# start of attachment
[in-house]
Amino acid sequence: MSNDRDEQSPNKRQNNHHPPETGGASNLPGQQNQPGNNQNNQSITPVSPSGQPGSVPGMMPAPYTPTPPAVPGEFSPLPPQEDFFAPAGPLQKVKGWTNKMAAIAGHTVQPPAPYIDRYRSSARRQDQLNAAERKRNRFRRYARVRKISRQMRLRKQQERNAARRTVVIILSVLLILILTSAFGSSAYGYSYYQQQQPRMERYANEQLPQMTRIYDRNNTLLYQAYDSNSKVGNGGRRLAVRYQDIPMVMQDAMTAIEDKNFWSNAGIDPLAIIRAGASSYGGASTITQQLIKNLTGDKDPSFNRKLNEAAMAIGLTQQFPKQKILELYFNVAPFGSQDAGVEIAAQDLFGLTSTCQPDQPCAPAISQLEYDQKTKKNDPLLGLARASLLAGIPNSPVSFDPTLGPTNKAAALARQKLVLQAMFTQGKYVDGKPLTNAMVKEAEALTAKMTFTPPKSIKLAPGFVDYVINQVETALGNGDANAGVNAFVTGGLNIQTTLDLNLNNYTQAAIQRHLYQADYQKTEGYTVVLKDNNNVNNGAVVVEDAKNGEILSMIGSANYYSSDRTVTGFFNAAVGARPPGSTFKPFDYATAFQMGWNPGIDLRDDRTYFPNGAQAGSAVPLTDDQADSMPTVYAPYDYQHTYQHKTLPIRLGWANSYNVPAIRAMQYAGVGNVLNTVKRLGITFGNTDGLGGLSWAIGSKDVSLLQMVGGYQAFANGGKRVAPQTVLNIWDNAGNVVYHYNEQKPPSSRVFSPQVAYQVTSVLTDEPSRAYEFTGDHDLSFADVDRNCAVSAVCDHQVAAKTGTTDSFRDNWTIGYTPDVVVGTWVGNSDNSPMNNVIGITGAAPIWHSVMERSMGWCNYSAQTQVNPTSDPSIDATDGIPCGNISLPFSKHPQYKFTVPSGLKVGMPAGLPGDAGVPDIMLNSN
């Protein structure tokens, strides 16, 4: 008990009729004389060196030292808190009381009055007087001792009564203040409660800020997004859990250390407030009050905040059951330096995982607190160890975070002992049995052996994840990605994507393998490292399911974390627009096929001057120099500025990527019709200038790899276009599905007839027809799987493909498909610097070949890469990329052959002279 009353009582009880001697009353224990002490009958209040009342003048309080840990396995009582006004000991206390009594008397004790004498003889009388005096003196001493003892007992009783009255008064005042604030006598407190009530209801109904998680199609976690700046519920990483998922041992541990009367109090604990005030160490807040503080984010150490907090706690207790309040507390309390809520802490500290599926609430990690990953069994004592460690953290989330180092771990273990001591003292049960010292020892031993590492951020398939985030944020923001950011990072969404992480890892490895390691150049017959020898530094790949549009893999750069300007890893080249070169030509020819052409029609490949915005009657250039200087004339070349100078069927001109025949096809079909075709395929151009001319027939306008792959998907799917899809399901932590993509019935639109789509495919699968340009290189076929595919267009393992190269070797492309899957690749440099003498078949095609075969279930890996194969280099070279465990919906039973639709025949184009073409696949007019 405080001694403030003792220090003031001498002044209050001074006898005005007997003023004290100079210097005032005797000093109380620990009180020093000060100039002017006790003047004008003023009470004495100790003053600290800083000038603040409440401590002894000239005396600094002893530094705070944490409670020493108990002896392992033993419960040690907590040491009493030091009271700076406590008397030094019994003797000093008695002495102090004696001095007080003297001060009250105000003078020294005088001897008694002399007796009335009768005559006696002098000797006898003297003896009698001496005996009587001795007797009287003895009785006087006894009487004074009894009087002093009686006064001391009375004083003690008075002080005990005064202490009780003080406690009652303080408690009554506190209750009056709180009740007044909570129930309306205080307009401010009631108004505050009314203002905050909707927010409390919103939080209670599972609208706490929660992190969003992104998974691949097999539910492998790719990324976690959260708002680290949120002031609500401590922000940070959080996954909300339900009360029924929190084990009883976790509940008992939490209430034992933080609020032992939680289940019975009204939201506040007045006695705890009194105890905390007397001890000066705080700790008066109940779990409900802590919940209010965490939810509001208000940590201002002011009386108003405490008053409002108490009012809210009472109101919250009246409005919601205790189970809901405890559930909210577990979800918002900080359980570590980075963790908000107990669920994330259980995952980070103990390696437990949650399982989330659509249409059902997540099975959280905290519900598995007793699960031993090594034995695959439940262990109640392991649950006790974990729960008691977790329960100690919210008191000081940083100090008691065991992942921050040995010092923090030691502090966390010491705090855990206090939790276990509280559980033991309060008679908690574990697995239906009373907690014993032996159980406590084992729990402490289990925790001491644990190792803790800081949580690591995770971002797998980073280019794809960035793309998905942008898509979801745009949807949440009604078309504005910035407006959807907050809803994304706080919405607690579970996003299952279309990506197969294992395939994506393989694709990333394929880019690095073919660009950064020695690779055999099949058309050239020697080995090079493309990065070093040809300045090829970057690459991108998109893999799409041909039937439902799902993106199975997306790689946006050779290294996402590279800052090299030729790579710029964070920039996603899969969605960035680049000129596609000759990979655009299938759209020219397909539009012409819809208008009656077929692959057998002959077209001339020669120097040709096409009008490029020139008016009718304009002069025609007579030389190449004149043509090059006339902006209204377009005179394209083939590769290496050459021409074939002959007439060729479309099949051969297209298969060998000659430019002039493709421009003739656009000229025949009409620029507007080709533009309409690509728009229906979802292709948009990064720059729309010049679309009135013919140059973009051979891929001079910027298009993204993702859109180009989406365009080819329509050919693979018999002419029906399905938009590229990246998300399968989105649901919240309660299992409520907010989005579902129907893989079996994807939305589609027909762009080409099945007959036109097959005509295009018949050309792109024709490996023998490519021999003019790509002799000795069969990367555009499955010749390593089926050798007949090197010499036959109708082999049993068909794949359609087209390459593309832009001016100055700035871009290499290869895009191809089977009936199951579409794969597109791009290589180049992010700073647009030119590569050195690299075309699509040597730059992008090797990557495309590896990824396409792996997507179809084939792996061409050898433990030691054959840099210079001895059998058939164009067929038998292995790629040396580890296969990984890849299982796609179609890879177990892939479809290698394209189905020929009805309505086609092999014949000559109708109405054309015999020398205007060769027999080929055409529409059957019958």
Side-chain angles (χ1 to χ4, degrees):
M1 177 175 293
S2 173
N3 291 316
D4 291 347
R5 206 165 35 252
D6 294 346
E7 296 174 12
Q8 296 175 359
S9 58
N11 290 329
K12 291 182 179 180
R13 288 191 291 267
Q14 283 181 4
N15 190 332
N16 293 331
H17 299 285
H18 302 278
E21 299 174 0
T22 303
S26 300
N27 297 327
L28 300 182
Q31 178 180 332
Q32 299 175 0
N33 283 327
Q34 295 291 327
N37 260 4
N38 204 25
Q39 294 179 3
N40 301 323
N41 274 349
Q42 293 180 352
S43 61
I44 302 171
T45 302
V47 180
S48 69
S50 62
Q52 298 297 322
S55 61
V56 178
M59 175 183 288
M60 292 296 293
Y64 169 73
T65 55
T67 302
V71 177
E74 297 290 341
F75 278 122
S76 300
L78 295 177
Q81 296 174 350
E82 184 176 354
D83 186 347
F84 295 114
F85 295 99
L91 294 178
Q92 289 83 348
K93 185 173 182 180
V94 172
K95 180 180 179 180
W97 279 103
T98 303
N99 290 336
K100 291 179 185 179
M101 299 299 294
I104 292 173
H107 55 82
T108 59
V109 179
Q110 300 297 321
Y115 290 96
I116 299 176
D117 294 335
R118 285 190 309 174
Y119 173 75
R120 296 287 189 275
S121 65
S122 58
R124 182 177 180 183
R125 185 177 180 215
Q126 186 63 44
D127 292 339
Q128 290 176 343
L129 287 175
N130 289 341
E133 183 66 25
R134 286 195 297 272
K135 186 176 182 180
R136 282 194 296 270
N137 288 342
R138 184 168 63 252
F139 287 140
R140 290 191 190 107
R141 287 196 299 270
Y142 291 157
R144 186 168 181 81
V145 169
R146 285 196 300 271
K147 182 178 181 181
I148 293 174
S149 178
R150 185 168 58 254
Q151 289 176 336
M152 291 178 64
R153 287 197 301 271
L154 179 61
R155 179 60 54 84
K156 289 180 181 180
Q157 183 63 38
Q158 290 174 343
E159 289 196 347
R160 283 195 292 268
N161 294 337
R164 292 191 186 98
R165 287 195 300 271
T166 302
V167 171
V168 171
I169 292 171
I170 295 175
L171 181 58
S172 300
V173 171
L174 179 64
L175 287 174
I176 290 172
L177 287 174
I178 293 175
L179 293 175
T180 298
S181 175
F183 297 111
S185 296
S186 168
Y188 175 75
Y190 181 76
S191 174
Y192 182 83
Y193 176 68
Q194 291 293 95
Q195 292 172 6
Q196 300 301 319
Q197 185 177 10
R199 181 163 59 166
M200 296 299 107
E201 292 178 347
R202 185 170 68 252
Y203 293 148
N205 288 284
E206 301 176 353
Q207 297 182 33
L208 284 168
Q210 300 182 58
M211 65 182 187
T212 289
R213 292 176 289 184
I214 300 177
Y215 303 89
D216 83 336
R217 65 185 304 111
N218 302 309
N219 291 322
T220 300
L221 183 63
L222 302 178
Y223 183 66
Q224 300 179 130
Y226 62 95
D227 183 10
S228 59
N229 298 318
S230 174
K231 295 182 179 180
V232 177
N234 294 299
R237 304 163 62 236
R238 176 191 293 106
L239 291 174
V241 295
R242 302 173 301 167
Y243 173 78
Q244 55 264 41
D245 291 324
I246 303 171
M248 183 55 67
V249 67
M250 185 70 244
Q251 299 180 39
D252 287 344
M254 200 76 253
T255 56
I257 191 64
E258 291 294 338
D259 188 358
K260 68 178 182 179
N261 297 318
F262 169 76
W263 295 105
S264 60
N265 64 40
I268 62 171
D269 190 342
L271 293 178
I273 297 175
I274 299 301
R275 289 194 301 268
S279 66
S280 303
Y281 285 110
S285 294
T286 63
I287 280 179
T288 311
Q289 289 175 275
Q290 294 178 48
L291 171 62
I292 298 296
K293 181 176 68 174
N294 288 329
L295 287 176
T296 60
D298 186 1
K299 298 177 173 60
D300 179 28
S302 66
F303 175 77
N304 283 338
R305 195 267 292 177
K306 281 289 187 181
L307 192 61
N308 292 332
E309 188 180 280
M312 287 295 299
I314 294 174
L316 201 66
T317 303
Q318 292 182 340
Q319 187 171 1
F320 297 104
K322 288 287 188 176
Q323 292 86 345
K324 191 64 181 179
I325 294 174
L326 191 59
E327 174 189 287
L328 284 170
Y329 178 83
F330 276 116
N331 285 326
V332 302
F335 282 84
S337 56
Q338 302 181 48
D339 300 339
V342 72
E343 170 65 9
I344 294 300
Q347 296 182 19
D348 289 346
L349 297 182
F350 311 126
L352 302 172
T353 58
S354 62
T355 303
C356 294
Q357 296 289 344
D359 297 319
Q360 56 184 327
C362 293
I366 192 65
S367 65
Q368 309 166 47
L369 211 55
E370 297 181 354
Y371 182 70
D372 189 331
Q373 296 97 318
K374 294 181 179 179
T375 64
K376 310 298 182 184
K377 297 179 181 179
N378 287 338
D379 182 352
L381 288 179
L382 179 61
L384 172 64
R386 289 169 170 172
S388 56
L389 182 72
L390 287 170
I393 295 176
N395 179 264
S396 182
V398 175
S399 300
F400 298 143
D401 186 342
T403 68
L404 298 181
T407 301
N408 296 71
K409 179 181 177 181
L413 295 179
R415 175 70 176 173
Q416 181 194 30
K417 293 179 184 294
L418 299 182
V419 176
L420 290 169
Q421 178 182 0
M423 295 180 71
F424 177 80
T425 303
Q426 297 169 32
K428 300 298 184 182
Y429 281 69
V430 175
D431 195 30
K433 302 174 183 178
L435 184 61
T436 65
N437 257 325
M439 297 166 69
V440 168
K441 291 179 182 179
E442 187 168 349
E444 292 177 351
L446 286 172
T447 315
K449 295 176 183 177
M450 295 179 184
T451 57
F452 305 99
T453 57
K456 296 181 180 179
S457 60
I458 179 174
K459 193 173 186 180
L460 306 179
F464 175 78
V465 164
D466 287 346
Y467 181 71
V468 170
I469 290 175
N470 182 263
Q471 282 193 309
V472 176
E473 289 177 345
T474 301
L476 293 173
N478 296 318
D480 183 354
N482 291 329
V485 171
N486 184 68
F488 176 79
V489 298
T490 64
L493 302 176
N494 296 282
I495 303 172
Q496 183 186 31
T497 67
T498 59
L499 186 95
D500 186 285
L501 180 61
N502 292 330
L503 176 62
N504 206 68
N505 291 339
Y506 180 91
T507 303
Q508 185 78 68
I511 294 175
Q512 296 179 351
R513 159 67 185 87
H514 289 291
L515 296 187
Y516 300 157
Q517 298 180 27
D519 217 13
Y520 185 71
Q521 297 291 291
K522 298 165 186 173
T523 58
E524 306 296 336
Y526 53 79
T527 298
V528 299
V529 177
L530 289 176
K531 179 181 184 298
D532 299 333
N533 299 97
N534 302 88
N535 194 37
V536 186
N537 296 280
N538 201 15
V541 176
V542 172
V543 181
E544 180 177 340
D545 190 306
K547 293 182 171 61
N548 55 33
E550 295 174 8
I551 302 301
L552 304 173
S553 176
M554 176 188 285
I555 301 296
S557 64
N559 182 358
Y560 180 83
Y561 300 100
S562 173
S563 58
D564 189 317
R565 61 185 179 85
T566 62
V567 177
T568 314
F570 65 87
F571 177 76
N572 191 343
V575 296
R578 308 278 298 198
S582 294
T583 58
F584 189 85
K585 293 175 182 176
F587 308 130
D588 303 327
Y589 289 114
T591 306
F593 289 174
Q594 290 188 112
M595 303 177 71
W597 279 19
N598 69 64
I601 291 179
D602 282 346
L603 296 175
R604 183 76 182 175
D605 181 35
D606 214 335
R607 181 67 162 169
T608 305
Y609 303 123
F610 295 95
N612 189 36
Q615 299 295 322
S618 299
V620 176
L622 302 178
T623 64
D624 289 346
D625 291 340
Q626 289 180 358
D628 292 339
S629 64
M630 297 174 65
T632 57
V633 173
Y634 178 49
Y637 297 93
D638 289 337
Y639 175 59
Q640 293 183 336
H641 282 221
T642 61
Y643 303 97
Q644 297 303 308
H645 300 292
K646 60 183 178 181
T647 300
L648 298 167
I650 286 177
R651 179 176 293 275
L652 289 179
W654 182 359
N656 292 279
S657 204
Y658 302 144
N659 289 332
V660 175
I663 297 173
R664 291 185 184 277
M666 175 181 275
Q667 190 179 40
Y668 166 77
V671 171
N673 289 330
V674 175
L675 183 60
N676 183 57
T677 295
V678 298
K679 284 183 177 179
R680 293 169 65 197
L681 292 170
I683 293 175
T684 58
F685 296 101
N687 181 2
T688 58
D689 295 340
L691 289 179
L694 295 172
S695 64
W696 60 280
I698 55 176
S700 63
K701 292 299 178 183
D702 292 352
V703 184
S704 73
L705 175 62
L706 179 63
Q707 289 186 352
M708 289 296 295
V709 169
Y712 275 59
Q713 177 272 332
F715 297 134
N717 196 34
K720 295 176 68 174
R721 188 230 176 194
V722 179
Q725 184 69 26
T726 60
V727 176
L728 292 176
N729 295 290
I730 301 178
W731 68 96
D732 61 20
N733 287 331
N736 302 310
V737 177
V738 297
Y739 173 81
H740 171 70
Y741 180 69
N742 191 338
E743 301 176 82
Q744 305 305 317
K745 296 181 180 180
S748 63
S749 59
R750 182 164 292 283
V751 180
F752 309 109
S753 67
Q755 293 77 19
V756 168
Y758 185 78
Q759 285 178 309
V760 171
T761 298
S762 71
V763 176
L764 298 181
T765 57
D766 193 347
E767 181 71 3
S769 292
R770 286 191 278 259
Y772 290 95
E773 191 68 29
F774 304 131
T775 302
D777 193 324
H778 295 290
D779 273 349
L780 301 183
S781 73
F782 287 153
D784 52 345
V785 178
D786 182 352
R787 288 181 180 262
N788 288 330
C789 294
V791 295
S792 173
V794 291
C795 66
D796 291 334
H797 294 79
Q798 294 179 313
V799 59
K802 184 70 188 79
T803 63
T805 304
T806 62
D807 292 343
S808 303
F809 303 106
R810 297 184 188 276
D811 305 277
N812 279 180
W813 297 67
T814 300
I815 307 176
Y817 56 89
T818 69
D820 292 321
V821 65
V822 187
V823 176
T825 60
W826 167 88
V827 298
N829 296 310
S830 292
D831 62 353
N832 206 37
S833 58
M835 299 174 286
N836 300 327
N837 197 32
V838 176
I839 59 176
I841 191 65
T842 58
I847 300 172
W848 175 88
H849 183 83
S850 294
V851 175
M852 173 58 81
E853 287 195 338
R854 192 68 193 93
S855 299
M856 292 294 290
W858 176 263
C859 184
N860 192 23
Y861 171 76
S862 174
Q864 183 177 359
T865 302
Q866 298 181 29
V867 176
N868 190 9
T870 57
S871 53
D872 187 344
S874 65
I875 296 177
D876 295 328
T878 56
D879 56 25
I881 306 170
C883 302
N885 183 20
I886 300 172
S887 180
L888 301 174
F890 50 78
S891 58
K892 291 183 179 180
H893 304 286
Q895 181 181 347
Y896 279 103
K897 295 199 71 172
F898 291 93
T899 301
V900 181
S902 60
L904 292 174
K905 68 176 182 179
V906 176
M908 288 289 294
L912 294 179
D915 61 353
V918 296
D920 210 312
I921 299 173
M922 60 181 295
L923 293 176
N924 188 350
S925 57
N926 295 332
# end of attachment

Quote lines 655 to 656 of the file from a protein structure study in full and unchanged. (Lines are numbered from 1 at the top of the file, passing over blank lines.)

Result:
N868 190 9
T870 57